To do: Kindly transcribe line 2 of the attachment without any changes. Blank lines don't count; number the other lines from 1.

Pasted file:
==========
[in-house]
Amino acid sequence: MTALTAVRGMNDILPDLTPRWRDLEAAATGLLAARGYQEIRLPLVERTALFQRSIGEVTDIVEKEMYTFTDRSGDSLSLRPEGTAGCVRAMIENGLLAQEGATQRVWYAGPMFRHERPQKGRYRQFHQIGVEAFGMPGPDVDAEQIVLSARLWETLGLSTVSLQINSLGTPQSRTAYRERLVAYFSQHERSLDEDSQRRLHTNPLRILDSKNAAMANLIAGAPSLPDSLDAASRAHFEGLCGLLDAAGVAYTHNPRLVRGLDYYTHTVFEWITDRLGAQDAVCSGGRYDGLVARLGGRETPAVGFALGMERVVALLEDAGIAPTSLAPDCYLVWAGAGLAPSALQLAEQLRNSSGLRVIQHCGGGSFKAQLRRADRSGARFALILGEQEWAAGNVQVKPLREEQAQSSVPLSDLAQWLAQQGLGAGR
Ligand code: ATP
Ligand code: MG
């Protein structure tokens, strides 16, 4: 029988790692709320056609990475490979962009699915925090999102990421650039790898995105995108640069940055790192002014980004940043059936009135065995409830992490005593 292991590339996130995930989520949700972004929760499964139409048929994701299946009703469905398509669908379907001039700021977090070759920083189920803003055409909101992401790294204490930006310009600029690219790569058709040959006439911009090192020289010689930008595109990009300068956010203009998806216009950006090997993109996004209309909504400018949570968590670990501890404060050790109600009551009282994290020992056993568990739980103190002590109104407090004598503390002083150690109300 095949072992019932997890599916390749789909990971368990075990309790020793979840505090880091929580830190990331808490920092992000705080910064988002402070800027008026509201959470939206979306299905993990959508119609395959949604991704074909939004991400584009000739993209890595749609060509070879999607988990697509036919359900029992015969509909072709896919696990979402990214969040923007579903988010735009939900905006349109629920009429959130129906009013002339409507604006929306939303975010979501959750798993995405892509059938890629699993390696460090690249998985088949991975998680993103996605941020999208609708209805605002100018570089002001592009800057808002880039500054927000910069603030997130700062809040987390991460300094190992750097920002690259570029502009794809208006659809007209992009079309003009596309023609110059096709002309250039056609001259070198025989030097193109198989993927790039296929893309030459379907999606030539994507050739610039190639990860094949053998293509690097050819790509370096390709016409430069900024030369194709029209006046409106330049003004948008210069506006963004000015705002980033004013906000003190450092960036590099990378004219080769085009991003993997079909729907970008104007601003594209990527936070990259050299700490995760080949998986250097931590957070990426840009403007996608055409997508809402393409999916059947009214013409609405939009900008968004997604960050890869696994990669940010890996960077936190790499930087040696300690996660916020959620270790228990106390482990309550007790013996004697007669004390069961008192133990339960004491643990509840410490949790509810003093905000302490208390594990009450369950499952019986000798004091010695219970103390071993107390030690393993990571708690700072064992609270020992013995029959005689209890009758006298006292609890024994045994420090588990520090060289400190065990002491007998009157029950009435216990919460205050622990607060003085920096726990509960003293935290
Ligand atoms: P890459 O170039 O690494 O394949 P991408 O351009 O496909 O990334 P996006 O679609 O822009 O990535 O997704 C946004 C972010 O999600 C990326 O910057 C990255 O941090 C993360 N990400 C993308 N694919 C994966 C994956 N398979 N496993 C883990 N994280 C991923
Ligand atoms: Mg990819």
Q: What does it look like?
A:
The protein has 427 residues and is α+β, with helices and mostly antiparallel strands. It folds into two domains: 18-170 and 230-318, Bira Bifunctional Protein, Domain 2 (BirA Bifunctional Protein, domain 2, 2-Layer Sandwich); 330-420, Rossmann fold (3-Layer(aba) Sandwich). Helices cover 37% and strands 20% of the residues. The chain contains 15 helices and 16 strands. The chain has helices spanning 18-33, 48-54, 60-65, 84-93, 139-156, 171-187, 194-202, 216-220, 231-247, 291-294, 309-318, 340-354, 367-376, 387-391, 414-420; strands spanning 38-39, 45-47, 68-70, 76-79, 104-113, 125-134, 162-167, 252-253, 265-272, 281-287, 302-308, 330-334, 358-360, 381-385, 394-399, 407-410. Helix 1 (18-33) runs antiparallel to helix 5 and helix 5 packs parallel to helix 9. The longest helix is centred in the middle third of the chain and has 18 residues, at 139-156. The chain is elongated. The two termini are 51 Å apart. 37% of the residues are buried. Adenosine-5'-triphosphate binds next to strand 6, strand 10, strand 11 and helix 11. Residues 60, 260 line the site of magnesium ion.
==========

Amino acid sequence: MTALTAVRGMNDILPDLTPRWRDLEAAATGLLAARGYQEIRLPLVERTALFQRSIGEVTDIVEKEMYTFTDRSGDSLSLRPEGTAGCVRAMIENGLLAQEGATQRVWYAGPMFRHERPQKGRYRQFHQIGVEAFGMPGPDVDAEQIVLSARLWETLGLSTVSLQINSLGTPQSRTAYRERLVAYFSQHERSLDEDSQRRLHTNPLRILDSKNAAMANLIAGAPSLPDSLDAASRAHFEGLCGLLDAAGVAYTHNPRLVRGLDYYTHTVFEWITDRLGAQDAVCSGGRYDGLVARLGGRETPAVGFALGMERVVALLEDAGIAPTSLAPDCYLVWAGAGLAPSALQLAEQLRNSSGLRVIQHCGGGSFKAQLRRADRSGARFALILGEQEWAAGNVQVKPLREEQAQSSVPLSDLAQWLAQQGLGAGR